Fortunately, FFL sensed my predicament and came to my rescue—leading me to a dark office where I could decompress.

“Breathe, baby, breathe,” she said as she kneaded my shoulders lovingly. But 20 minutes later, her demeanor had changed from gentle maternity nurse to pissed-off locker-room coach.
“You can’t just melt down like this!” she chided. “Those people out there listen to you. You’re Bobby Black — your fans are counting on you. Smoke the Vote is counting on you. So get your shit together, get back out there and act presidential!”

Spoken like a true First Lady. I got to my feet, shook it off and stumbled into the studio, where the interview went far better than I’d expected, and ended on a high note.

“I’m sure every stoner thinks pot should be legalized …. The goal is, how do we get these people active? That’s what this campaign is all about: getting every stoner to stand together and vote in a bloc and show that we exist as a real culture and should not be persecuted.”

“For a guy who doesn’t consider himself an activist,” Saurini observed, “you sure talk like an activist.”


After a triumphant rally in Denver, FFL and I were off to South Dakota—where, about a month later, the final votes in this feverish primary battle would be cast. We drove all day — up into Wyoming, then east into the Black Hills, finally arriving at the antique mining town of Keystone. We feasted on buffalo steak, sarsaparilla and fresh fudge, then raced up the road for the main attraction: our greatest shrine to presidential majesty, Mount Rushmore.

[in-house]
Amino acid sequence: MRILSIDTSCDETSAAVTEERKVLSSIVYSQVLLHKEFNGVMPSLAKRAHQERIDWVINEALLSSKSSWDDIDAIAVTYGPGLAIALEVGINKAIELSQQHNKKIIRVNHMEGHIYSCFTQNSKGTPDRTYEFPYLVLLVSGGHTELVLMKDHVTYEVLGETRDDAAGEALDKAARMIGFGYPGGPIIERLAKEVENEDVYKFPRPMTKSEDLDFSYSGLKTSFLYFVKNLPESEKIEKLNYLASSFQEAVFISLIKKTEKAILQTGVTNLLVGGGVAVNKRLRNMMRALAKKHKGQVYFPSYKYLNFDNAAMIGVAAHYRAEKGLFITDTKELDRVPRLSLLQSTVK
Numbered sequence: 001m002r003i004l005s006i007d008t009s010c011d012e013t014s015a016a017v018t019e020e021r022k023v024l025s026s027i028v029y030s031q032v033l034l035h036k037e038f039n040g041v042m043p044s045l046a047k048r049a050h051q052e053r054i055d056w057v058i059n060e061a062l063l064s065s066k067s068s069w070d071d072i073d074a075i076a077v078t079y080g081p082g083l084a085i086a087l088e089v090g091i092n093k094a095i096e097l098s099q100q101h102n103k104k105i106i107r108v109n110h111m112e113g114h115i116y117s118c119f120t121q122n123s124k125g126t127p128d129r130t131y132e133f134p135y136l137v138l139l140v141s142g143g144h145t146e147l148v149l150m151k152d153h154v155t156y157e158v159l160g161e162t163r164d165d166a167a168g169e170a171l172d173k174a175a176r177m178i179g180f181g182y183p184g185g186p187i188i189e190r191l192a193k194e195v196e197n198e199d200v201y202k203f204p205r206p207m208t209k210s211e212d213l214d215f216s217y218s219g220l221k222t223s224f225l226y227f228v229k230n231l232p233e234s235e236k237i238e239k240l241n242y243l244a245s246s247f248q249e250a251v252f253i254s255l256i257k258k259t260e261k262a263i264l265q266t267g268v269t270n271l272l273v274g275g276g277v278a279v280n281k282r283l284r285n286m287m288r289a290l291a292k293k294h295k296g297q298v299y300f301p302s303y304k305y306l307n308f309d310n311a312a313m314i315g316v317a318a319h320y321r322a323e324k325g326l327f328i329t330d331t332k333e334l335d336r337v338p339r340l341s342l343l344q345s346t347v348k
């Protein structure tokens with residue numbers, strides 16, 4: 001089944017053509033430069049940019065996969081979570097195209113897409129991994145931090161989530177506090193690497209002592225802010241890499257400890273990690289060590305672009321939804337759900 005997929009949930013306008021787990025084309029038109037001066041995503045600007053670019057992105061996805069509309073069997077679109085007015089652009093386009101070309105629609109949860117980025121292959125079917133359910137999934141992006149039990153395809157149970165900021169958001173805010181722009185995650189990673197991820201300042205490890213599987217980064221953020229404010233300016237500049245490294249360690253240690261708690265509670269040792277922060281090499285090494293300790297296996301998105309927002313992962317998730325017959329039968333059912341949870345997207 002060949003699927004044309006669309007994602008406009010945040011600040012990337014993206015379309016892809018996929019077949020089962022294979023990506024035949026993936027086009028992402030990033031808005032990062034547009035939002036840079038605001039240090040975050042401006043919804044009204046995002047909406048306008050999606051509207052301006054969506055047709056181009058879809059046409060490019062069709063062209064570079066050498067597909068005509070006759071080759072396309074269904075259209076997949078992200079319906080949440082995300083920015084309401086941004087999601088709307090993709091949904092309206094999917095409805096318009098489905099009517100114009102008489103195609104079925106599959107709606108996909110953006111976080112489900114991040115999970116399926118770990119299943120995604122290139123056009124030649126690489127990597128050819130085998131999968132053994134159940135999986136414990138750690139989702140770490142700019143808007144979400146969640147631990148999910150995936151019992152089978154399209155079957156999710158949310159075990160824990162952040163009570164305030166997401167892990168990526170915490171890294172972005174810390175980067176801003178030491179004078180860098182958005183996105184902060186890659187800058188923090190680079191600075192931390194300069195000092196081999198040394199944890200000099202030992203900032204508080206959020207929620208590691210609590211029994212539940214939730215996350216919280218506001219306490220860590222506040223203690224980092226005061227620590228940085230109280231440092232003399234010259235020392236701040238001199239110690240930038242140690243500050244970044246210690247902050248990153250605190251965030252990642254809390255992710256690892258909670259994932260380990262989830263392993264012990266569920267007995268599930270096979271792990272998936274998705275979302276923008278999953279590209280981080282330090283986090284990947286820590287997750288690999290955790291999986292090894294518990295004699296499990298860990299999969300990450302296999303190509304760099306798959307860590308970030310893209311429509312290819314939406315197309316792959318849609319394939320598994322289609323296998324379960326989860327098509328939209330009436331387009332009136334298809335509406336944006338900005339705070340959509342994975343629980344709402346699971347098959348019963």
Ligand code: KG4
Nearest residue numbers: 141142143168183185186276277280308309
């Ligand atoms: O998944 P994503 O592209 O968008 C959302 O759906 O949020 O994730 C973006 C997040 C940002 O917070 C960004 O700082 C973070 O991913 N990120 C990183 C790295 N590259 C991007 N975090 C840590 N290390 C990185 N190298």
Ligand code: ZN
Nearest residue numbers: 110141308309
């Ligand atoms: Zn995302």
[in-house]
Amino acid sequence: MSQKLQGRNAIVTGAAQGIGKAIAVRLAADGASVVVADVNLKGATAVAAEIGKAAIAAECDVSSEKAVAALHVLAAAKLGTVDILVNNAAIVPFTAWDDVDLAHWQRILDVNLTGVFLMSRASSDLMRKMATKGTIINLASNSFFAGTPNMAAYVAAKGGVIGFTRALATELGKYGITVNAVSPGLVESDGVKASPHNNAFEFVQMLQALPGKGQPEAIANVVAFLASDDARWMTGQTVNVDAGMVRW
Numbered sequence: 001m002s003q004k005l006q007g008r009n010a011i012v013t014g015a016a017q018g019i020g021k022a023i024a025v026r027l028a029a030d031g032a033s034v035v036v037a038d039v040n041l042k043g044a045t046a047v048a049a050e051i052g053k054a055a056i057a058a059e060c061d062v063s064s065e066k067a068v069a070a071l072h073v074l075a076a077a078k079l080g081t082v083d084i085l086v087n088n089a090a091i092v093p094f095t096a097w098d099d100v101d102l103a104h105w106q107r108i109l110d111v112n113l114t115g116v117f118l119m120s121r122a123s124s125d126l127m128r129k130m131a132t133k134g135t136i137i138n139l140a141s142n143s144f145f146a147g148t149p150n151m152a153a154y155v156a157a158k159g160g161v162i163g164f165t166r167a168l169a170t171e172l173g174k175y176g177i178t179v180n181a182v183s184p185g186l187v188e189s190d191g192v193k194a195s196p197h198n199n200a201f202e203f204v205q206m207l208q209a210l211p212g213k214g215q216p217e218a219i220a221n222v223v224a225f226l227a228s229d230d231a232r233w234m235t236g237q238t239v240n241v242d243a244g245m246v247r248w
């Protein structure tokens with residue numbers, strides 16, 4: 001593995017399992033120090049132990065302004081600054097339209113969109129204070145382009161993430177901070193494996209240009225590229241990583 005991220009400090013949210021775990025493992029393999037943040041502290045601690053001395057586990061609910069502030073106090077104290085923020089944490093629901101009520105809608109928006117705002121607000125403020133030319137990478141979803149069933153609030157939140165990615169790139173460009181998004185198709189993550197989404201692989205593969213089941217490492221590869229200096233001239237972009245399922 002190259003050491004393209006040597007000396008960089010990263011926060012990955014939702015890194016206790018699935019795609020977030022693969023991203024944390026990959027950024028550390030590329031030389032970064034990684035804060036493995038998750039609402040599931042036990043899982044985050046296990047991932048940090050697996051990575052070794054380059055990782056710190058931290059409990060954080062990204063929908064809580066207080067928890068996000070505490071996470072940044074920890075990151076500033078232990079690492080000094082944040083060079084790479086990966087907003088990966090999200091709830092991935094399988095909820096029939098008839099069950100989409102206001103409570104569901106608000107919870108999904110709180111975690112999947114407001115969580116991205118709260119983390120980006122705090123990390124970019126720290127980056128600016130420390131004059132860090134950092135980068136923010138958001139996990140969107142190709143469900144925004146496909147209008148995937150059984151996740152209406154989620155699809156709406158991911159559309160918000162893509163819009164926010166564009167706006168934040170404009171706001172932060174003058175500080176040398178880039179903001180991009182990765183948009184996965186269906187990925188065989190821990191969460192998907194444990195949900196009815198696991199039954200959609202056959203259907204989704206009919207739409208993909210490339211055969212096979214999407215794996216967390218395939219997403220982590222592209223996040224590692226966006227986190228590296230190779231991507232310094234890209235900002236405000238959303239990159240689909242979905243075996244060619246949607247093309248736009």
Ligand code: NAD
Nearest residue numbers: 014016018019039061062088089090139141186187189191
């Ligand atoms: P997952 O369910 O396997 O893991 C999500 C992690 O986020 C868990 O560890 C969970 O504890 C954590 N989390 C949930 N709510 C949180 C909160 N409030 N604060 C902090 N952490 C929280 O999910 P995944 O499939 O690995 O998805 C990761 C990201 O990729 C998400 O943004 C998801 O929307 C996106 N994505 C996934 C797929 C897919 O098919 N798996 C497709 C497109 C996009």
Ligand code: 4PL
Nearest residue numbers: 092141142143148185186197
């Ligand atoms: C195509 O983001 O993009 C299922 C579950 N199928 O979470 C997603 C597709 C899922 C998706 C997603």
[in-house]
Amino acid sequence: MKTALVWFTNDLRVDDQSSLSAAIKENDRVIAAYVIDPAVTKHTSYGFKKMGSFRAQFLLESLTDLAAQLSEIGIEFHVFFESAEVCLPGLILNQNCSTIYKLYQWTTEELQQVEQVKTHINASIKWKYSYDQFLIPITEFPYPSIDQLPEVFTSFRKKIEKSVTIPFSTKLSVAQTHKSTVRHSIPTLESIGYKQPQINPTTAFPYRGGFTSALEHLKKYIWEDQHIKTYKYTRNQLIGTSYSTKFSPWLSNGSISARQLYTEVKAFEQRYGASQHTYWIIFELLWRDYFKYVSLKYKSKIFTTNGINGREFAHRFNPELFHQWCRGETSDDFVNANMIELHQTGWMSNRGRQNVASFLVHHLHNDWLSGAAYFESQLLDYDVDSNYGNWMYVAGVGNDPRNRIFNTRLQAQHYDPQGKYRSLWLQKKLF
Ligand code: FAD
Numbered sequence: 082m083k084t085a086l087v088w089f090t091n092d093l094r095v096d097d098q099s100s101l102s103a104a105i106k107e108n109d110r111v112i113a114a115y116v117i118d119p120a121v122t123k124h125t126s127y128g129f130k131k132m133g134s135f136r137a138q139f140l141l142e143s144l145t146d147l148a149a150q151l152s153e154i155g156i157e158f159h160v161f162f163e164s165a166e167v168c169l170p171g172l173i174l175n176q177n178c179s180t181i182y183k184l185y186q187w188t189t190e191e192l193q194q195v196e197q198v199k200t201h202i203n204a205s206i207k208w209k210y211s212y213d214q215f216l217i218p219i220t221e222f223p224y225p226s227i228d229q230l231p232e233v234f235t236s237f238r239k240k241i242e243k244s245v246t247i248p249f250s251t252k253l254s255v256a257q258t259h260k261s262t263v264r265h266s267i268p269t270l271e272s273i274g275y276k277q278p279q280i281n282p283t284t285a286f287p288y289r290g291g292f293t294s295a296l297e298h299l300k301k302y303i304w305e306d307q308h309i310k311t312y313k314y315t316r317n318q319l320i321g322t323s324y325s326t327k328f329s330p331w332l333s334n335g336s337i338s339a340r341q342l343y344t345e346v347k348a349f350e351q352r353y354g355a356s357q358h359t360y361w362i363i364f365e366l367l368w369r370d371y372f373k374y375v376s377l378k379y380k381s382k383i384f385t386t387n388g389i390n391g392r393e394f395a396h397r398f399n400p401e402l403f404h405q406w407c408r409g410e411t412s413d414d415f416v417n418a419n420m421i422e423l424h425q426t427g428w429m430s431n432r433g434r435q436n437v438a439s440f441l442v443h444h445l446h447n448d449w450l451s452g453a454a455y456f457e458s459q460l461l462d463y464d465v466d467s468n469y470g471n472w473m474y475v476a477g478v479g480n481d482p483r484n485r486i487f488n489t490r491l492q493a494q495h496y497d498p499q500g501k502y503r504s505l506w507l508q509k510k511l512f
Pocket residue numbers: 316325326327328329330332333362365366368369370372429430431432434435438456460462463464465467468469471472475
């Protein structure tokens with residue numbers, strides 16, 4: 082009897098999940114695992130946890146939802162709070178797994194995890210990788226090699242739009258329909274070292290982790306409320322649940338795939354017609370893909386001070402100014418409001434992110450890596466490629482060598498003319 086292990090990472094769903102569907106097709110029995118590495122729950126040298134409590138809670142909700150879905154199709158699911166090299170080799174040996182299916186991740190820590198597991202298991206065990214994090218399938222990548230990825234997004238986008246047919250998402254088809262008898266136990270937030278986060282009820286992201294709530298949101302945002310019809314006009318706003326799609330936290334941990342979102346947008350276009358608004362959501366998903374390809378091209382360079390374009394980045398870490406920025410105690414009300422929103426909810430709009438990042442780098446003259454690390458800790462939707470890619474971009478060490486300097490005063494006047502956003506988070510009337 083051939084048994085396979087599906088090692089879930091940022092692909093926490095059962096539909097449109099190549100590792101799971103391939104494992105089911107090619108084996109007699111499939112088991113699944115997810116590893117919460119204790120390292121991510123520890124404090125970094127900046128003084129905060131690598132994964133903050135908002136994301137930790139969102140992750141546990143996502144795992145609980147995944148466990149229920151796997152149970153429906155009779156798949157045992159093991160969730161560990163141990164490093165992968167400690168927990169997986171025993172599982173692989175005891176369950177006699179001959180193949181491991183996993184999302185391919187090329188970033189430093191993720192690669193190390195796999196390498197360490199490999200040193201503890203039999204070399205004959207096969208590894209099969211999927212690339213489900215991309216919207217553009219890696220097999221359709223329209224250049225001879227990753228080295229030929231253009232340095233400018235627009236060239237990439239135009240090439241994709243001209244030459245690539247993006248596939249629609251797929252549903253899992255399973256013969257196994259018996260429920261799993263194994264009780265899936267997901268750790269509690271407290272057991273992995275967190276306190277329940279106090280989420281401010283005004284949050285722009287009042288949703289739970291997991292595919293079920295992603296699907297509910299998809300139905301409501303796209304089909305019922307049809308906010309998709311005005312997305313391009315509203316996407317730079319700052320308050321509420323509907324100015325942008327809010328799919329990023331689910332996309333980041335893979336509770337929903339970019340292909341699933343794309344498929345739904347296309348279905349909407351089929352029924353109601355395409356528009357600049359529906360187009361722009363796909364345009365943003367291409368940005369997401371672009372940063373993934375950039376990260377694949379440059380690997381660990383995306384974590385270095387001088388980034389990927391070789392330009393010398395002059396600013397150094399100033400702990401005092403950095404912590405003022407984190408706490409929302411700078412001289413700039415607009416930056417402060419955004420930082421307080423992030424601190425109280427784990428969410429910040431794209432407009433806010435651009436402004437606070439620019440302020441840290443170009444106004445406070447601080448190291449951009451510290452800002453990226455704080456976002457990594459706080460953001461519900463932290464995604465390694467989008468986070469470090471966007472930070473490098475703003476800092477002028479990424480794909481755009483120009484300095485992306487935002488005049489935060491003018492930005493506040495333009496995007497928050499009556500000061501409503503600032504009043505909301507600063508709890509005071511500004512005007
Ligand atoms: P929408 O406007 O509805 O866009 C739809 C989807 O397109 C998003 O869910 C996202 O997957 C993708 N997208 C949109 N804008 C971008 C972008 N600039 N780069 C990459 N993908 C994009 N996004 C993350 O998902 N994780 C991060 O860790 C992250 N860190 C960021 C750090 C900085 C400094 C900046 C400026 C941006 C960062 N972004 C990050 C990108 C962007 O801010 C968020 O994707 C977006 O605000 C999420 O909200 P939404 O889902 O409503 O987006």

We reached the monument just before dusk. Sweet baby Jesus — there they were! Larger than life, staring down their noses at us: founding fathers George Washington and Thomas Jefferson — champions of liberty, authors of a revolution, and growers of hemp. Beside them, Teddy Roosevelt, who battled corporate corruption and ushered in the Progressive Era, and Abe Lincoln, who ended slavery and held the nation together through civil war. Sadly, in a cultural sense, we’re still fighting that war. Last year, while surfing the internets, I came across something that nearly made me download in my pants: two maps of the US side by side, the first a modern breakdown of red states versus blue states, the second a map of the North and South during the Civil War — and they were practically identical. Then it hit me: Some of these pigfuckers are still fighting that goddamned war! That’s what all this Dixie-flag horseshit is about — the Confederacy is alive and well, slithering along just below the surface of the Republican Party like a hungry gator waiting to pounce. Christ — maybe we should’ve just let those filthy reptiles secede.

As the sky darkened along the Presidential Trail, we ducked into a small cave below Washington’s nose to smoke a joint. For a brief moment, I allowed myself the indulgence of imagining my own face carved beside them into the rock—joint, aviator shades and all. Bobby Black: the first longhaired, pro-pot president, emancipator of the stoners, fags, pagans and prostitutes! A seed in every pot and a bud in every bowl! Now that’s change I can believe in.

After the lighting ceremony, it was back to the motel—we had a grueling 15-hour trek to Chicago ahead of us in the morning, and we’d need all the rest (and weed) we could get….

Watch video clips of the conference here.